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Countable AND Uncountable (?!)

Moreover, a failure can be caused by a lack of practical experiences.

It's annoying, I know, but while some nouns are countable and others are uncountable, yet others can be either countable or uncountable, and here are two examples in the same sentence: failure and experience.

Generally speaking, if a noun can be either countable or uncountable, and if you're speaking generally, use the uncountable form.

On the other hand if you're talking about specific things then use the countable form - for example you may be talking about the time you failed an exam and saying what a terrible experience that was.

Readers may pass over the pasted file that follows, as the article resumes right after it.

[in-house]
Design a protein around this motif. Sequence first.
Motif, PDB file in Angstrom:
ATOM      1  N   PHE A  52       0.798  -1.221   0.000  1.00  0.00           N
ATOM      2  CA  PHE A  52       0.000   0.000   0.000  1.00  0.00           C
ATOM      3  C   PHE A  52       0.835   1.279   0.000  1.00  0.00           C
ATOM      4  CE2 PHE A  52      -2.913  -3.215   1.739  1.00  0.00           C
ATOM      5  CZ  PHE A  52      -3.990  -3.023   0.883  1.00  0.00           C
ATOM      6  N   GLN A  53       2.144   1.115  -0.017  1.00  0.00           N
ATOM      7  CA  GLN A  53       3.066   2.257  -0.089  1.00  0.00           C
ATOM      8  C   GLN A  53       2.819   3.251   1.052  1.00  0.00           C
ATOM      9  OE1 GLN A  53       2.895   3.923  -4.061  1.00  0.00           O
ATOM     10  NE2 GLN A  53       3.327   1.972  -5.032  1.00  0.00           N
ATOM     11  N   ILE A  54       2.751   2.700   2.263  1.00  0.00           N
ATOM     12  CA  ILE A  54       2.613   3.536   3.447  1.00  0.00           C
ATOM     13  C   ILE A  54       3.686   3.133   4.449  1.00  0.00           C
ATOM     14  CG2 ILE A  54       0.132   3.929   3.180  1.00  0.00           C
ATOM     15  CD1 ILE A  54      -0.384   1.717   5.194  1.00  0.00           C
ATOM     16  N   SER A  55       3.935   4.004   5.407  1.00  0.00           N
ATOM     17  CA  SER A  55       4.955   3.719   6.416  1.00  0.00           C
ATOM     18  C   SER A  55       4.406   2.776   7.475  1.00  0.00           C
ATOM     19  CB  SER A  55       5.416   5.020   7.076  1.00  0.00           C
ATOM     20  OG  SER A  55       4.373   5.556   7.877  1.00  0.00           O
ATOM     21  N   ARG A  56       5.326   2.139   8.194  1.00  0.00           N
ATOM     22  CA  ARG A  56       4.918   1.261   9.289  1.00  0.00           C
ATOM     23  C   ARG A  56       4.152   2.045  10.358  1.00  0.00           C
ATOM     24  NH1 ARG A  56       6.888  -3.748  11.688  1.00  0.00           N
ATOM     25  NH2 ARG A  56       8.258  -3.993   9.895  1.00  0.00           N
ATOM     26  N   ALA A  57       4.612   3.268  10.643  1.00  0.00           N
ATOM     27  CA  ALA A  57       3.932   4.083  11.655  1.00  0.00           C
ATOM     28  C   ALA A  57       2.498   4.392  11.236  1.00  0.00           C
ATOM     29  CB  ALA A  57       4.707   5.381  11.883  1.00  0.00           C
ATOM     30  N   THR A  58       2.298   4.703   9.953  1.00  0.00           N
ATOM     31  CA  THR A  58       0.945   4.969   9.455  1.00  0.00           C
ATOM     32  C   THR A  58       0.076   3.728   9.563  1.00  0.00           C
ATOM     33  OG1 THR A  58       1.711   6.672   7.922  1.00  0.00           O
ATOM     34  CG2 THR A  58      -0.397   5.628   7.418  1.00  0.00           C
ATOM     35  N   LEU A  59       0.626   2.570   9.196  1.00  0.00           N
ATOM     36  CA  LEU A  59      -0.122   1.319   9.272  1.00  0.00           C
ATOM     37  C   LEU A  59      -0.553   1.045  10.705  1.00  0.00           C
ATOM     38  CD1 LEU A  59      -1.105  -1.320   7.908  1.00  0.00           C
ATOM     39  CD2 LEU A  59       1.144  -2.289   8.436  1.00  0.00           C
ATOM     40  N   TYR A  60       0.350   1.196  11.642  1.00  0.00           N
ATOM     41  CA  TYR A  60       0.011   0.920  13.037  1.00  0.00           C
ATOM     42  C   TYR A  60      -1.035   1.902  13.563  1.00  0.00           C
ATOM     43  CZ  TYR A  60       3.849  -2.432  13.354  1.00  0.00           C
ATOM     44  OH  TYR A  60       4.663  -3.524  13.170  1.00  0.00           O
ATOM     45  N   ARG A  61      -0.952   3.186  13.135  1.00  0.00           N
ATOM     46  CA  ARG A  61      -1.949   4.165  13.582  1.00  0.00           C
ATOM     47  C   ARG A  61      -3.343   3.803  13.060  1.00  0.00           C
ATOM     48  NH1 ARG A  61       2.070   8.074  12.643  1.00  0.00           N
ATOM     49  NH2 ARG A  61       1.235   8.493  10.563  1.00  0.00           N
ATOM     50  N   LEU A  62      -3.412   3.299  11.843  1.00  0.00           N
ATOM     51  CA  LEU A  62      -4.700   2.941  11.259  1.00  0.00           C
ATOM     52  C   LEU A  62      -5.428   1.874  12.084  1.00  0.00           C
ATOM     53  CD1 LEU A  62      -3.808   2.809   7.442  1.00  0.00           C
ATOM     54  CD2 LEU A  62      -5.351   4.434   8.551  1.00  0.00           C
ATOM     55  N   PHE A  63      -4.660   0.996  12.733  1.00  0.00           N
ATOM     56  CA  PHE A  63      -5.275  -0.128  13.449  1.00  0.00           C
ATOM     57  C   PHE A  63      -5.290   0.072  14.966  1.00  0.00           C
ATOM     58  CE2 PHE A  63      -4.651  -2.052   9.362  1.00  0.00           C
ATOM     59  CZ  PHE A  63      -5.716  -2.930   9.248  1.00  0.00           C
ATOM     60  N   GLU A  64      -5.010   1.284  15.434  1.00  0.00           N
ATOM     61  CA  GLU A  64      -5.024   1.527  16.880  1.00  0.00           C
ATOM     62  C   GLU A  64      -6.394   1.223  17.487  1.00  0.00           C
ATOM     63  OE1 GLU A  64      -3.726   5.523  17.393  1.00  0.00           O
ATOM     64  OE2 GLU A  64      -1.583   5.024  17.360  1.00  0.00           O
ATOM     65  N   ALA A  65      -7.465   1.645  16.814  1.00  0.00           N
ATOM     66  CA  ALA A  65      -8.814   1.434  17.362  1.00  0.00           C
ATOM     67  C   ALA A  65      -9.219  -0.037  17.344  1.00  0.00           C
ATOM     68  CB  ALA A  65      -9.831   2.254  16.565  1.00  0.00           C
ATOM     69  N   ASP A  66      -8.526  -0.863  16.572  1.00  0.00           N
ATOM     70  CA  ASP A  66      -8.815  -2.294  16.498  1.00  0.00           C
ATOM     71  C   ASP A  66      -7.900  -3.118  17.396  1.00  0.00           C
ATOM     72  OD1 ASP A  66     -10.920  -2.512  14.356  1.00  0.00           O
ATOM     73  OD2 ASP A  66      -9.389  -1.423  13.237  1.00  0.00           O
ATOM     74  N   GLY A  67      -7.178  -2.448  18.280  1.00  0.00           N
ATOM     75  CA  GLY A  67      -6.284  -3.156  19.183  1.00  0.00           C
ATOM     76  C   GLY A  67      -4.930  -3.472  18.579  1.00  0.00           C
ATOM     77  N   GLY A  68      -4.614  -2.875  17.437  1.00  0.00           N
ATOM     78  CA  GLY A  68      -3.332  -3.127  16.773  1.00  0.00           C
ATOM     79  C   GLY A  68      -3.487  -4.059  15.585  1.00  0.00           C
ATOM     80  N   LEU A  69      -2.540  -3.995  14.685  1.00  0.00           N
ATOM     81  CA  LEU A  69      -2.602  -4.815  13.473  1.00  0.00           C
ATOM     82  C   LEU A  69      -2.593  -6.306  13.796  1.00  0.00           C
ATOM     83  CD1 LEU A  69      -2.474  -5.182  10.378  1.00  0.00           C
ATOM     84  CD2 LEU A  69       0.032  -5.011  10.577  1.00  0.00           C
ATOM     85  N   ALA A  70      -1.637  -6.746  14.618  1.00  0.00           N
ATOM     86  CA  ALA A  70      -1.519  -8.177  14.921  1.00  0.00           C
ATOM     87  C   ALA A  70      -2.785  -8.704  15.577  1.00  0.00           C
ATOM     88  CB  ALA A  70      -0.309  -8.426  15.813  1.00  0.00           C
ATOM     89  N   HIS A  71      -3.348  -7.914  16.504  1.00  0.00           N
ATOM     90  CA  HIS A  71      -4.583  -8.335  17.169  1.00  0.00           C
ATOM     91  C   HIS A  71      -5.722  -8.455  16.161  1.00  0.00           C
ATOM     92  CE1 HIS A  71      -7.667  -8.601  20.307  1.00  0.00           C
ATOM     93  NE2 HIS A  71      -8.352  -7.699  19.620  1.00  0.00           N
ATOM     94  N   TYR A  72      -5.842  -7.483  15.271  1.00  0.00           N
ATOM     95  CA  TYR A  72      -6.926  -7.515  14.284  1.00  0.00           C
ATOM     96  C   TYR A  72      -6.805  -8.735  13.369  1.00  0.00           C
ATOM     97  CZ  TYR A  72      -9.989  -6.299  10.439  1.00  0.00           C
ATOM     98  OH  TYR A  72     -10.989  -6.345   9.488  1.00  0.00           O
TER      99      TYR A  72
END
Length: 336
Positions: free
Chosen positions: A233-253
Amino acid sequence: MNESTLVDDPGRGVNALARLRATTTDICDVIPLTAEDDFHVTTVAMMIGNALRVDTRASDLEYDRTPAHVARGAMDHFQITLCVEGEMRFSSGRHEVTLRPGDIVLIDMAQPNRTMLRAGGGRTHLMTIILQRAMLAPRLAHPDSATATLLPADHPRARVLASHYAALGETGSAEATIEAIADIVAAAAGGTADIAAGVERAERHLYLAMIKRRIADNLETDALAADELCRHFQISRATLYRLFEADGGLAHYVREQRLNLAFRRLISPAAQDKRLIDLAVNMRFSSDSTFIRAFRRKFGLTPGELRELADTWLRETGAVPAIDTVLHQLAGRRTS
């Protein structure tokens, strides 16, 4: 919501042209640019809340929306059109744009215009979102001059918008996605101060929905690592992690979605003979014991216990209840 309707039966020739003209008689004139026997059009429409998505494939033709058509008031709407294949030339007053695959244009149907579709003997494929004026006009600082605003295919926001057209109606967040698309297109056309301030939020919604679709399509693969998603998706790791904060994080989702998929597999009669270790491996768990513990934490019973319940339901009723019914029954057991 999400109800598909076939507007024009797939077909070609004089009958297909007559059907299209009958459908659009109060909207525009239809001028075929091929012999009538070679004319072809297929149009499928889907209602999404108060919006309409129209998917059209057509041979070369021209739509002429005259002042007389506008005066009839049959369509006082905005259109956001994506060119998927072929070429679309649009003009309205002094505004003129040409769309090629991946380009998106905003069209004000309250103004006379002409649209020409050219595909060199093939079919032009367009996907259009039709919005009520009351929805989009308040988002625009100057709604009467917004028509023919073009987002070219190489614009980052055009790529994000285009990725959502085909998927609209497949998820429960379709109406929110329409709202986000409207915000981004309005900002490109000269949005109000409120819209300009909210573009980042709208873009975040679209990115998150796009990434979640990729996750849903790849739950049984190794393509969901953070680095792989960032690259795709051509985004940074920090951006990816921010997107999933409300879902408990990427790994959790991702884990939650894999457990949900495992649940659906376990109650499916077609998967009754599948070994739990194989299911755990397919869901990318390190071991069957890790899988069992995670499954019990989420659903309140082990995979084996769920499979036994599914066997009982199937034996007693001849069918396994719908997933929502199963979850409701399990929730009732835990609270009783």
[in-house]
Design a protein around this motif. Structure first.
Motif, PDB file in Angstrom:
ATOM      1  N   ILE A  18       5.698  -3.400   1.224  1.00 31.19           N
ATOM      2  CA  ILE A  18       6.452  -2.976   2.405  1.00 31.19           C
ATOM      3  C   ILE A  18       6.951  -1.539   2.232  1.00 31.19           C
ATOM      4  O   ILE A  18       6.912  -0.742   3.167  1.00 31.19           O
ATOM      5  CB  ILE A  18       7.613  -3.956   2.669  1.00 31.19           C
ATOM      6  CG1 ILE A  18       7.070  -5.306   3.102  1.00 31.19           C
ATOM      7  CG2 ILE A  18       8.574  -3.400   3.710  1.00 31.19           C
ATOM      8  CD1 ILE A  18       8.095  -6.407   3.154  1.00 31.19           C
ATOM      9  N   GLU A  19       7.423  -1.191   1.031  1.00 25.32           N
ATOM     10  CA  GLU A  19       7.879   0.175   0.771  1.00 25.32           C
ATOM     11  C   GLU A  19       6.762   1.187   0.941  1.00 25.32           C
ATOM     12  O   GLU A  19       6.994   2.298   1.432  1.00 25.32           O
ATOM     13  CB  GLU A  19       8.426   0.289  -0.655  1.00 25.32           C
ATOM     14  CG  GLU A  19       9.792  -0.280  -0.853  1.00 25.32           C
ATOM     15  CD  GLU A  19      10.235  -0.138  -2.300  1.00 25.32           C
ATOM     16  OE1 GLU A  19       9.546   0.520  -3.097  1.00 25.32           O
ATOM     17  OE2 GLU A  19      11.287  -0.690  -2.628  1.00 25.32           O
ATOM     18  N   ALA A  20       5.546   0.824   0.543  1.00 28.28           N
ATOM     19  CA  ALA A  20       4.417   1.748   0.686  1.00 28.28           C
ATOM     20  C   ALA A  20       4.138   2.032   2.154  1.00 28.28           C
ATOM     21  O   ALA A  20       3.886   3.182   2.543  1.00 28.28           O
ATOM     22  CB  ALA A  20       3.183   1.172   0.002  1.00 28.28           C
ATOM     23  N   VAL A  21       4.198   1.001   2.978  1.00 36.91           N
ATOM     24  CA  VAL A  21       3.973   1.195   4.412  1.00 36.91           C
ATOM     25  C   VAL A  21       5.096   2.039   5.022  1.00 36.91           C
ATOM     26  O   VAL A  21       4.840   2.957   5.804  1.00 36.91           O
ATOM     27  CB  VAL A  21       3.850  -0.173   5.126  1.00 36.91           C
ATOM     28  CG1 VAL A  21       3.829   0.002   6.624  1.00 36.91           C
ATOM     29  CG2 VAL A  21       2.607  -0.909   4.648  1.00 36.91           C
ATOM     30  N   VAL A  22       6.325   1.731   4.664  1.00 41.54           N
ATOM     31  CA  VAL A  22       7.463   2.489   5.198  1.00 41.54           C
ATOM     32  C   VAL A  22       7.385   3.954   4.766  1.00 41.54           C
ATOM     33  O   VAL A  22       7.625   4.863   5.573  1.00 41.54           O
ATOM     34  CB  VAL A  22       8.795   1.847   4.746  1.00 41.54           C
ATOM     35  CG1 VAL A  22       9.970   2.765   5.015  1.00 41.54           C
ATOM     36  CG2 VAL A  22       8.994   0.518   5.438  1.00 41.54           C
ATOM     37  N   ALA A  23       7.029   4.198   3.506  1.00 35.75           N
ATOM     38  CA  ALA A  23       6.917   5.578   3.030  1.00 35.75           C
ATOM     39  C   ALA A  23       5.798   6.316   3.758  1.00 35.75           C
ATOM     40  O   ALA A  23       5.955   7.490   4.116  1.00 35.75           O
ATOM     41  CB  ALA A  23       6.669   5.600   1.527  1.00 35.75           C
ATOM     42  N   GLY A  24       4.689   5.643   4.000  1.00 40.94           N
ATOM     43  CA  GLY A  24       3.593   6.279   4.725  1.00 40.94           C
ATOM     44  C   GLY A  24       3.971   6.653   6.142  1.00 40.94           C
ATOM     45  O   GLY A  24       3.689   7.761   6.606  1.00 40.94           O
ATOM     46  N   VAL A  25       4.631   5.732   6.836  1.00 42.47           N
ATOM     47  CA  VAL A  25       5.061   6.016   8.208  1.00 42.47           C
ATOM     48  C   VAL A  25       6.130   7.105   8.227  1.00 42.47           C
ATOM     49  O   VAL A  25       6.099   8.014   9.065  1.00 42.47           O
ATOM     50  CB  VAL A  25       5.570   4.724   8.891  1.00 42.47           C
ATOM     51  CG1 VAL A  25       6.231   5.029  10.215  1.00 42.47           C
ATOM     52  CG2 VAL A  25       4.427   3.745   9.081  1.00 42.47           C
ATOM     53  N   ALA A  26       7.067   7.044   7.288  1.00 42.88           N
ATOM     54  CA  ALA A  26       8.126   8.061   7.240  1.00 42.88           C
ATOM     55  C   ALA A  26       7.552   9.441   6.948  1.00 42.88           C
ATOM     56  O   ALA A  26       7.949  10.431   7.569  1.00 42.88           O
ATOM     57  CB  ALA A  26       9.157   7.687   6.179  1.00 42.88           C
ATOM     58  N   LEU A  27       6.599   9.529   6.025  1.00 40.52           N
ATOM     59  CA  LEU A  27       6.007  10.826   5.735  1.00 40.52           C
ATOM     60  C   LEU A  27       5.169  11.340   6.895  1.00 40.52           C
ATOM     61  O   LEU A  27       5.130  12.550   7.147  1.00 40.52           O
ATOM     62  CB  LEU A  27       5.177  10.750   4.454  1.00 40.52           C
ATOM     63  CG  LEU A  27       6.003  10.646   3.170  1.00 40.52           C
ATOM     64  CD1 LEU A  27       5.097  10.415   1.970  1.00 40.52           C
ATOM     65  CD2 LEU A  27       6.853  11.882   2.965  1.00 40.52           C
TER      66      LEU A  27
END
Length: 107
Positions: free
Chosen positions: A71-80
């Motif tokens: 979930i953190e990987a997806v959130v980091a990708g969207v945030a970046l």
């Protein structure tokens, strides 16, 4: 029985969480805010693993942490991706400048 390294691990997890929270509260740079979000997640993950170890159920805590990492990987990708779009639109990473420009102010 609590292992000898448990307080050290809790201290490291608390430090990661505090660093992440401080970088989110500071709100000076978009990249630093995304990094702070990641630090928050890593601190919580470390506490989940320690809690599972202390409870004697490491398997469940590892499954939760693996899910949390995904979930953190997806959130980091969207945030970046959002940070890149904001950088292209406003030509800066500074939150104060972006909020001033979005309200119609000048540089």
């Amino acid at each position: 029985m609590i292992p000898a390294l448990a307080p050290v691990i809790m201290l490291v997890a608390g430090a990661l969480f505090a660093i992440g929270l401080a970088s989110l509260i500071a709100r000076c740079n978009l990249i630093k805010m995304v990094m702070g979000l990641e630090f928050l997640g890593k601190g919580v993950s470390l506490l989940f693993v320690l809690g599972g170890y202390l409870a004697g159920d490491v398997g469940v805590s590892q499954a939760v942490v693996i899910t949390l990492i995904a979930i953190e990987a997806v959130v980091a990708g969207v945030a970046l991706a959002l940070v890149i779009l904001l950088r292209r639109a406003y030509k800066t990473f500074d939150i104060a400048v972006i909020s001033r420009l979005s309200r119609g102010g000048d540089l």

In the original example, I think we're talking generally:

Moreover, failure can be caused by a lack of practical experience.

Other posts on GuruEAP examine other words that can be either countable or uncountable: